At the heart of the TOYOTA Racing TS030 HYBRID challenging in the FIA World Endurance Championship is our innovative TOYOTA HYBRID System – Racing. Our petrol hybrid powertrain recovers energy under braking at designated energy recovery zones and delivers an incredible 300hp boost automatically as the car accelerates out of the corner. Find out more about how our hybrid racing technology works and see our exclusive video and CGI images after the break.
Our hybrid technology has been developed especially for racing. The TOYOTA HYBRID System-Racing (THS-R) powertrain features a 530hp, V8, 3.4-litre normally-aspirated petrol engine and 300hp hybrid system with super capacitor storage. This extra boost, combined with efficient aerodynamics, delivers a significant performance increase whilst the hybrid system can also be used to increase fuel efficiency when race strategy dictates.
The electric motor providing drive to the rear axle is positioned between the engine and the gearbox and delivers the 300hp boost automatically, with no need for the driver to request it. This means the boost can be controlled electronically to deliver the most effective power boost.
Energy is recovered, in the designated hybrid recovery zones mandated by the FIA, under braking from the rear drive shaft and stored in a super capacitor located in the cockpit. The extra power of up to 500kJ per hybrid recovery zone is delivered on the exit of the corner. To put this output in perspective, 500kJ is enough energy to lift a 2.5 tonne minivan over 20 metres vertically.
The number of designated hybrid braking zones varies with each circuit. At Le Mans for example, there are seven and the TS030 HYBRID recovers 500kJ each time; valuable energy which is used later in the lap to improve performance. Each lap of the 13.62km La Sarthe circuit sees a cumulative charge of 3.5MJ. To put this in perspective, a Toyota Prius Plug-in can store up to 10.3MJ on a full charge which takes around 3 hours. With each lap taking approximately three minutes 20 seconds this means that the race car can harvest the same energy in just 11 minutes.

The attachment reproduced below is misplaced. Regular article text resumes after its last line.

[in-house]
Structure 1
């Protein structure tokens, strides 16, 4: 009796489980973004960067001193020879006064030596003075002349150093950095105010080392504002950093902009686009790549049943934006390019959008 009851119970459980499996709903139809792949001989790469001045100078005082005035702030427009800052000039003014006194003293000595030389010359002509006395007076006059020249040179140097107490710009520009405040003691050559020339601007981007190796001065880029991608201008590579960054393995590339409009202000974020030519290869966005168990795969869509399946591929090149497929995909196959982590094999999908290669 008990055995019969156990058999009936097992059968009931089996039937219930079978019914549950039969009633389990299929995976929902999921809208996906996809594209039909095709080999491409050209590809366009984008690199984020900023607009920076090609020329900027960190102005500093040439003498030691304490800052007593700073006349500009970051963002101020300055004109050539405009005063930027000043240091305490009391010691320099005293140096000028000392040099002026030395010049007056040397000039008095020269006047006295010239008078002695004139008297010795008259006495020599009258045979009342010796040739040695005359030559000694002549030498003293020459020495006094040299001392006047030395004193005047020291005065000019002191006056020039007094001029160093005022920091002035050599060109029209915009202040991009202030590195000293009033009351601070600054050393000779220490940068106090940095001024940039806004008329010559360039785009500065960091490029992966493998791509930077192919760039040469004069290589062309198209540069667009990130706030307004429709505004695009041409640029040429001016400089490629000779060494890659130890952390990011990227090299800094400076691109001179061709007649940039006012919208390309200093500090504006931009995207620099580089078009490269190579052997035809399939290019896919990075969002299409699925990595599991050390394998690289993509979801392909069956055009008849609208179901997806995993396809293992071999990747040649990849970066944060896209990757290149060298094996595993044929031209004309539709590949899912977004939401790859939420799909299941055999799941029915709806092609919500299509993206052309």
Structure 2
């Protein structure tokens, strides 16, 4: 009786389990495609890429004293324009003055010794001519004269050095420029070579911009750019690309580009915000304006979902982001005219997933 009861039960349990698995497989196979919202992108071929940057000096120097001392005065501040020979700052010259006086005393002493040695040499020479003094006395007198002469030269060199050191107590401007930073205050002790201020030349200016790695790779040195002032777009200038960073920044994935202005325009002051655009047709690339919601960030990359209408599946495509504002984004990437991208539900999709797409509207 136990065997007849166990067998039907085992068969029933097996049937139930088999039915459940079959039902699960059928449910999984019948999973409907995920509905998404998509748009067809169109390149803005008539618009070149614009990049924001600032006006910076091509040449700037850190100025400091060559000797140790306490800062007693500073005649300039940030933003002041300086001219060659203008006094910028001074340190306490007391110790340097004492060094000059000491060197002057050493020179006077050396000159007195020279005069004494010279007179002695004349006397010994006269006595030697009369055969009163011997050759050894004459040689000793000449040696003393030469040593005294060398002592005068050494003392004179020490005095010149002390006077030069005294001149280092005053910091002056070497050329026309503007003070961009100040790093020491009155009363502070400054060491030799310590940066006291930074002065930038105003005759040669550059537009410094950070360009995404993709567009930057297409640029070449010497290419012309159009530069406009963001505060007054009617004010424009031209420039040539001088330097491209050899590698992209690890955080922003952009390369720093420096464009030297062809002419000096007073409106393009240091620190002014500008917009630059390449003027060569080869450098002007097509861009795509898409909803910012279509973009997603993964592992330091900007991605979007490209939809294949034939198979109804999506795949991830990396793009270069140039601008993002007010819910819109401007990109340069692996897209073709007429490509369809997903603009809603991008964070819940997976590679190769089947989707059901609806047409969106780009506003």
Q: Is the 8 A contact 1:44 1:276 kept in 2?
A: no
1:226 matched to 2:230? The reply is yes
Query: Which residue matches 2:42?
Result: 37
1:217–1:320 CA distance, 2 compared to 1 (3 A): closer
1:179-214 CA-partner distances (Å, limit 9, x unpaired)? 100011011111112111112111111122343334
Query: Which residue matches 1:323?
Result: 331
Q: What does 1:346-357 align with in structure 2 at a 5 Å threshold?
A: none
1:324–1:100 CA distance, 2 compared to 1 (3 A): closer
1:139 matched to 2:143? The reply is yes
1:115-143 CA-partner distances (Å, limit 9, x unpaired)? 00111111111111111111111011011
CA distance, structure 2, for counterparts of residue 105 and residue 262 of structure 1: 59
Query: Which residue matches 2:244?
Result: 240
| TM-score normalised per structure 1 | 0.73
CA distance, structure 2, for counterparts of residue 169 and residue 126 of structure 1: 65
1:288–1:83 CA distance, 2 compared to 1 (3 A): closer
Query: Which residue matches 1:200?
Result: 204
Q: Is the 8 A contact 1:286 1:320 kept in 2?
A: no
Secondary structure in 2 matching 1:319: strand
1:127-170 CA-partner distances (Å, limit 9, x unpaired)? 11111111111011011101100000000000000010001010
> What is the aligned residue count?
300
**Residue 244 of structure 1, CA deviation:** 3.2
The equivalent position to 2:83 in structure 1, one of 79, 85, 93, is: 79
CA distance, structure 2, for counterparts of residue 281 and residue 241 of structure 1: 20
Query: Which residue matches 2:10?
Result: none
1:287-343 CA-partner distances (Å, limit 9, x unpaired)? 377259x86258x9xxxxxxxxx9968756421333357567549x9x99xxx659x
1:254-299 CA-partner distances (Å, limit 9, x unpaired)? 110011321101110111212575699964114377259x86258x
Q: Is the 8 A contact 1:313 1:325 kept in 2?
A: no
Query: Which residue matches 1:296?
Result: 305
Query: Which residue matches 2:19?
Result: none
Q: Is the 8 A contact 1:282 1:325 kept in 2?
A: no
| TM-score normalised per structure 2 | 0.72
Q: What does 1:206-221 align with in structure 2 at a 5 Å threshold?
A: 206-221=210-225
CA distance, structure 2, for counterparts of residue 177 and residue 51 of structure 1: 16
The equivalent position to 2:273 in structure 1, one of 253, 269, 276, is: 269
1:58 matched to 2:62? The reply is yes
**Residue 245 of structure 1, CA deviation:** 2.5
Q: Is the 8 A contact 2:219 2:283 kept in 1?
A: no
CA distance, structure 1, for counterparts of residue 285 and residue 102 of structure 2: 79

Of course, with most of the lap spent under acceleration rather than braking, where energy recovery takes place, the actual charge time is much less. Each hybrid zone charges the super capacitor fully, even though the driver spends less than three seconds on the brakes with deceleration hitting almost 4G. So, in fact, the charge time for 10.5MJ gathered over three laps is an astonishing 63 seconds!
The key to this performance is the super capacitor technology, which is capable of charging and discharging far faster than its battery equivalent, making it ideal for motorsport and, potentially, future sporty road cars.
Also critical to the process is the regenerative braking system. As with a standard race car, hydraulic brakes work on all four wheels of the TS030 HYBRID, however an additional regenerative braking system is fitted to the rear. Here the Motor Generator Unit (MGU) performs as a generator during braking, harvesting energy directly from the drive shaft in a process which also slows the car, and converting it to electricity for storage in the super capacitor.
The combination of hydraulic and regenerative braking needs careful management to ensure predictable response and a smooth feeling for the drivers and this is achieved by the Electronically Controlled Brake (ECB) system. The capacitor’s charging level and the vehicle speed determine how much regenerative braking force is required and the system enhances this with hydraulic braking when needed.
This concept is fundamentally the same with all road going hybrids and helps make the TS030 HYBRID more energy efficient than it would be without a hybrid unit.
Energy formerly converted into heat, and thus wasted upon every application of the brakes, is now very efficiently converted into additional power. With hydraulic braking only at the front, the discs glow orange with the heat, but regenerative braking means less energy through the rear brakes, meaning less heat through the discs, which have no orange glow.
After braking and driving through the corner, power is delivered when the driver accelerates back towards top speed, with electronic controls ensuring power is delivered smoothly and consistently. With 300hp of boost giving a temporary power increase, the THS-R directly reduces lap times at Le Mans by more than two seconds compared to simulated non-hybrid laps in the TS030 HYBRID.
But the THS-R is not only available to deliver more performance. Depending on racing conditions, the hybrid system can increase fuel efficiency using exactly the same principles, with power boost used to compensate the power drop caused by leaner engine running. In endurance racing, both speed and efficiency are critical so TOYOTA Racing can count on hybrid technology to drive it forward.